Many young Australians will begin 2020 with optimism as they make plans for further study, the workforce and adult life. But for at least 100,000 school leavers, this is not a happy time. Their dismal reality is that they lack the essential knowledge and skills that enable individuals to compete and thrive.
To Australia’s shame, the most recent NAPLAN and PISA results confirm the feedback from parents, employers and universities.
One in five Year 9 students did not achieve the NAPLAN minimum standards of literacy and numeracy in 2019, and a significant proportion of Australian 15-year-olds did not meet the proficient standard in reading, mathematics and science literacy set by the OECD’s tests in 2018.
And that does not include the children who only just reach the benchmarks, who slip through the academic cracks because they are never adequately supported and challenged, and show little or no understanding of the extraordinary nation and world into which they have been born.
Taxpayers are now fully aware of the billions upon billions of dollars spent on schooling, but it is the human cost that should occupy our minds.
Since 1989, state and territory ministers have signed four national agreements on educational goals for young Australians. Calling themselves the “proud custodians of Australia’s education system”, they met in December 2019 to launch the latest version, the Alice Springs (Mparntwe) Declaration.
But the document that should inspire us with a strategic plan for Australian education over the next decade is a long-winded fizzer.
Not one of the 11 items under the Commitment to Action offers a smart, honest assessment of the current problems and realistic solutions that the ministers – who hold direct responsibility – must address to ensure that “all young Australians have the opportunity to reach their full potential.” Nor do they reflect the new Declaration’s commitment to “strengthening accountability and transparency with strong meaningful measures.”
A few frustrated principals and experienced teachers could probably have painted a much more useful picture (with practical examples and case studies) over the summer break. After all, they are living it.
Piecemeal proposals that state the obvious and completely ignore past policy failures mean that parents and employers should not hold their breath for improvement in student performance any time soon.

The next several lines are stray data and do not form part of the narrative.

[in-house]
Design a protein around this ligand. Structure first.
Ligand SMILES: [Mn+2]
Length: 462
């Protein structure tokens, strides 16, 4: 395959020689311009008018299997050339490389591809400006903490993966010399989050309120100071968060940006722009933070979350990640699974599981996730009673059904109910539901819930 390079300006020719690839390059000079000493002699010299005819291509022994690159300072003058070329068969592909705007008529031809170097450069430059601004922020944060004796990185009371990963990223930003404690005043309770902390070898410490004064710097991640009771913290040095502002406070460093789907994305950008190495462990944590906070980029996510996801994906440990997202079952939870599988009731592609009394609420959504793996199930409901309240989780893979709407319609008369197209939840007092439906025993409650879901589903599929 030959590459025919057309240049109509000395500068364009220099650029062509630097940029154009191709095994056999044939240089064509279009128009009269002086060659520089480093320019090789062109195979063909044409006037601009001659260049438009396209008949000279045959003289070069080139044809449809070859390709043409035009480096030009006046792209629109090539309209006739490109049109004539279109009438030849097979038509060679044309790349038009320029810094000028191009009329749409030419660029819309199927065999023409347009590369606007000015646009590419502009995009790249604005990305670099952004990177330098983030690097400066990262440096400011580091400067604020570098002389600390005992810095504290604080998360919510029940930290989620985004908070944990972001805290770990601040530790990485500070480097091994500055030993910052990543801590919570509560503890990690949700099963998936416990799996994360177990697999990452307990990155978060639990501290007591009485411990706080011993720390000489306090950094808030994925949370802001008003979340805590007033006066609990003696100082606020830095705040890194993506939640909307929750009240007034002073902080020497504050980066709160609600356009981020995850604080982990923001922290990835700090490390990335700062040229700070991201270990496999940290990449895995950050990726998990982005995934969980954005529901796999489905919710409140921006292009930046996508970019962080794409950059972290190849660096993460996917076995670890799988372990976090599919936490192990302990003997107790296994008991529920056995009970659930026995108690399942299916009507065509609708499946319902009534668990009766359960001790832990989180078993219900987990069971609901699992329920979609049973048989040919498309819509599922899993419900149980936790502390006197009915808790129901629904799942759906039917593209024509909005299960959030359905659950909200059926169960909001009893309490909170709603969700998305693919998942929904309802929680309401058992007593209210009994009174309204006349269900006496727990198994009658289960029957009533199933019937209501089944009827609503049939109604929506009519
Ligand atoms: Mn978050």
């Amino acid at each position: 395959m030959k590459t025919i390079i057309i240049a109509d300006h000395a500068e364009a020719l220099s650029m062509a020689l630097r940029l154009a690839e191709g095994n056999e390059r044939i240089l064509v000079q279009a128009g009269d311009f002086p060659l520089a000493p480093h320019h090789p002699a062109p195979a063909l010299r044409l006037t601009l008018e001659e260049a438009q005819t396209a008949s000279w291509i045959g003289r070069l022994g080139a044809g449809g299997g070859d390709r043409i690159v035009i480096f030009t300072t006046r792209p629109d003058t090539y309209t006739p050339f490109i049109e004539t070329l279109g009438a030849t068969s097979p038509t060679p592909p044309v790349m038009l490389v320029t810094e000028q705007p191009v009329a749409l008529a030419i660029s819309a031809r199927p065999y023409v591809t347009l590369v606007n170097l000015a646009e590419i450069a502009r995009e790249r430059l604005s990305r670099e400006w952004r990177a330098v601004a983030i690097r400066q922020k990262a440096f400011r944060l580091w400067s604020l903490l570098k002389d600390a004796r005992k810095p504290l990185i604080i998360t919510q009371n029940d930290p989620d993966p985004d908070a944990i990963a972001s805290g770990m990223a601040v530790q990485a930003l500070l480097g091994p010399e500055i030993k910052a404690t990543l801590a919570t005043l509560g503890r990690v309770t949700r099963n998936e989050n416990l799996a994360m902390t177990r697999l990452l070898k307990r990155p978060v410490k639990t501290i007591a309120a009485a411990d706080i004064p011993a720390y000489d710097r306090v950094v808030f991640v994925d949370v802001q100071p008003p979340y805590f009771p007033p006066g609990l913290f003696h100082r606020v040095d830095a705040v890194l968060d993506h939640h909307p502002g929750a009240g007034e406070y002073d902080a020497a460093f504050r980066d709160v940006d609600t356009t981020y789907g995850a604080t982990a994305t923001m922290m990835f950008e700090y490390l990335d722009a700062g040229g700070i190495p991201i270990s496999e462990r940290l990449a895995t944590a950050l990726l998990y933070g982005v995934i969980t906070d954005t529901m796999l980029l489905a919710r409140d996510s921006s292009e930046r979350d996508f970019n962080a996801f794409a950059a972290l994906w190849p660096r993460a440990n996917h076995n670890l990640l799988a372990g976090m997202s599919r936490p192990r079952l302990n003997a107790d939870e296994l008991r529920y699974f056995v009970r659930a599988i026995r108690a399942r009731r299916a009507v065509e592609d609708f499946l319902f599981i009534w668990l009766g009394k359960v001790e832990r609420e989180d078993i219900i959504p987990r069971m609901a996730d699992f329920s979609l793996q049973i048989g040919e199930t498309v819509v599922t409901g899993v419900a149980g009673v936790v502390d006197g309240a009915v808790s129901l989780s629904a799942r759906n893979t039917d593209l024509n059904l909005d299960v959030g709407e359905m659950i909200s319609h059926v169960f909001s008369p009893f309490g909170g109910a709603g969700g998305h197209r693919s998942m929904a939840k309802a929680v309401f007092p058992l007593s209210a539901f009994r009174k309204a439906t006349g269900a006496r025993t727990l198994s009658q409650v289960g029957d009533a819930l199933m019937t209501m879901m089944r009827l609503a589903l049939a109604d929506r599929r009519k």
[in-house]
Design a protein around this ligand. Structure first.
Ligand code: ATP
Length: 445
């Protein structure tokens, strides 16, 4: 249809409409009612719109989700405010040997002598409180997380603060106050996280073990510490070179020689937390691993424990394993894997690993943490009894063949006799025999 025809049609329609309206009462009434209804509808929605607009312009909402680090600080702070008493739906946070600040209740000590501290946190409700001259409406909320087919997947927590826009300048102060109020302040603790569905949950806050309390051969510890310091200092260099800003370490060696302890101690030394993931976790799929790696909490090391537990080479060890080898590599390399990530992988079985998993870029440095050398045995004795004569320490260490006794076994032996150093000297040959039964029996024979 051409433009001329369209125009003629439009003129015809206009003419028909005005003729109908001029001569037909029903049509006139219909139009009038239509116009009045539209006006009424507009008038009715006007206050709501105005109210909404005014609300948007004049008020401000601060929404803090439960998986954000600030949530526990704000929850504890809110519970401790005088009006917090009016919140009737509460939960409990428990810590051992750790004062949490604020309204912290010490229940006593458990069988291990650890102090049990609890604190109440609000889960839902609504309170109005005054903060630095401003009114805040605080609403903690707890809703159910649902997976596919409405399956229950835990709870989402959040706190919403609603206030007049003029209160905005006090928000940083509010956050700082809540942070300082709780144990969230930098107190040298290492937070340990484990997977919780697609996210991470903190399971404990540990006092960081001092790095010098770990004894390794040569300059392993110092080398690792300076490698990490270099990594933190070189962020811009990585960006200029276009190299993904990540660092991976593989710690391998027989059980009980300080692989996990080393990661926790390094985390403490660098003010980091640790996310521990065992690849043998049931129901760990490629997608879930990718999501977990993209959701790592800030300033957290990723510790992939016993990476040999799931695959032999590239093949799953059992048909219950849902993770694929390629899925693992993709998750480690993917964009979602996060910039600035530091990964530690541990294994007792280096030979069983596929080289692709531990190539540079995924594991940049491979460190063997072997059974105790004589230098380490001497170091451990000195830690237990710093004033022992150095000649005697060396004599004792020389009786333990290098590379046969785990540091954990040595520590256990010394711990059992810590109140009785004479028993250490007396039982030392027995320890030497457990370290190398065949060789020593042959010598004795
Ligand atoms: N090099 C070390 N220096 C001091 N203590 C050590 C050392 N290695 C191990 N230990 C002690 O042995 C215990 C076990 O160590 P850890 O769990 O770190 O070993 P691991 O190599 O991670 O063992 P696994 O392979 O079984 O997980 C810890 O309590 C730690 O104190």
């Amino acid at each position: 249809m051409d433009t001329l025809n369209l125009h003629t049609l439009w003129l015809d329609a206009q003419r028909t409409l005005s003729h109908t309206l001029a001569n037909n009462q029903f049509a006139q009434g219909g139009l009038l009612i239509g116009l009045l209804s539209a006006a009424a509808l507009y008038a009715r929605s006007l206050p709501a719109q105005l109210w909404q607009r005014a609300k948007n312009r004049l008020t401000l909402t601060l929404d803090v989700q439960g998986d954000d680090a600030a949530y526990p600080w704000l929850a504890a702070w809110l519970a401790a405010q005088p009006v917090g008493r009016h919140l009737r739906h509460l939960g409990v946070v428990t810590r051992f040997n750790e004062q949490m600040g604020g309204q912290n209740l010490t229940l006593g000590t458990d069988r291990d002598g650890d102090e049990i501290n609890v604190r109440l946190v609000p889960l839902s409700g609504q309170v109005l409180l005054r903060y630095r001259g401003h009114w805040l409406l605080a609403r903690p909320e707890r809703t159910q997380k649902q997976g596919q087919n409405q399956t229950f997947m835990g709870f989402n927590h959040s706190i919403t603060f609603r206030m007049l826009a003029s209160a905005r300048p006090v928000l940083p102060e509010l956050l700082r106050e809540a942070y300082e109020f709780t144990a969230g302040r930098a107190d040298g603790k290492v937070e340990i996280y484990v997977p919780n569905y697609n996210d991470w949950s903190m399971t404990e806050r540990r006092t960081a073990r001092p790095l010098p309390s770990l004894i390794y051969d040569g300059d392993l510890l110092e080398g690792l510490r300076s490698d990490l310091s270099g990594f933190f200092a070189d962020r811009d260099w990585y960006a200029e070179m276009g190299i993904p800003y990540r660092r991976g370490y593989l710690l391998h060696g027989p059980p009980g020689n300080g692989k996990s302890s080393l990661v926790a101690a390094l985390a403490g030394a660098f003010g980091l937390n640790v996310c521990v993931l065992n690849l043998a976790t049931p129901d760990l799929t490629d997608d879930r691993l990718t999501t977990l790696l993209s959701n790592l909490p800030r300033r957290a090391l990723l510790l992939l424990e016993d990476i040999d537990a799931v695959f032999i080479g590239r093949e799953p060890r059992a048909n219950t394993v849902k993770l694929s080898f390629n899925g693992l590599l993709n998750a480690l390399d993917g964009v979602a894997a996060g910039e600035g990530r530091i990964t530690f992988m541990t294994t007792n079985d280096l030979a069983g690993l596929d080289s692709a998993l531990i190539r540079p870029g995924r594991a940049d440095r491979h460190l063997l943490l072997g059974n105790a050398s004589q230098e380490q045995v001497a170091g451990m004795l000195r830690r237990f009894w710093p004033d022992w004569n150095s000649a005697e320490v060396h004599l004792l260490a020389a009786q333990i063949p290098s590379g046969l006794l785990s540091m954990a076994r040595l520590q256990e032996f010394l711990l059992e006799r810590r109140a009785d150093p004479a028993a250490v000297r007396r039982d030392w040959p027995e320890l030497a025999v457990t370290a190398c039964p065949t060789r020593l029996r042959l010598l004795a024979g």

For example, although there is widespread concern about the overstuffed, waffling Australian curriculum, it seems only mathematics is to get a major review in 2020.
People with strong mathematical skills generally earn higher salaries and mathematics is a key to success in many aspects of study and life. Unlike most high-performing countries, Australia no longer makes this subject compulsory for senior secondary students and there are too few qualified teachers.
But it makes no sense to review one area of the curriculum in isolation when the weaknesses of Australian children’s learning, the absence of consistently high national standards and the lack of evidence-based, strategic thinking are glaringly obvious.
If states and territories really do want a national curriculum (signed off by all ministers years ago), and are genuinely committed to equity and excellence as well as financial efficiencies, a root and branch review of the whole curriculum for Kindergarten to Year 12 is required.
But instead, a new approach to wasting money and time is coming our way in the form of an “evidence institute”, another big government (Gonski) solution that fails the common sense test. Yes, there should be a clearinghouse for research into good educational policy and practice, with easy access for teachers and principals.
Although there is widespread concern about the overstuffed, waffling Australian curriculum, it seems only mathematics is to get a major review in 2020.
A cooperative university sector could have nailed this decades ago as part of the evolution from the teachers’ college model. Now taxpayers are going to fund a joint Ministerial Company to bridge the gap between the research and the classroom. Utopia.
The ministers have decided to “convene a national forum biennially with education stakeholders to showcase best practice, success stories, and progress against the goals outlined in the Declaration.”
After 30 years of similar declarations from talkfests in Hobart, Adelaide and Melbourne, what chance is there that the Alice Springs document will “turn the aspirations into actions”? We have to wait two years to find out.
14 February 2020 | ideas@theCentre
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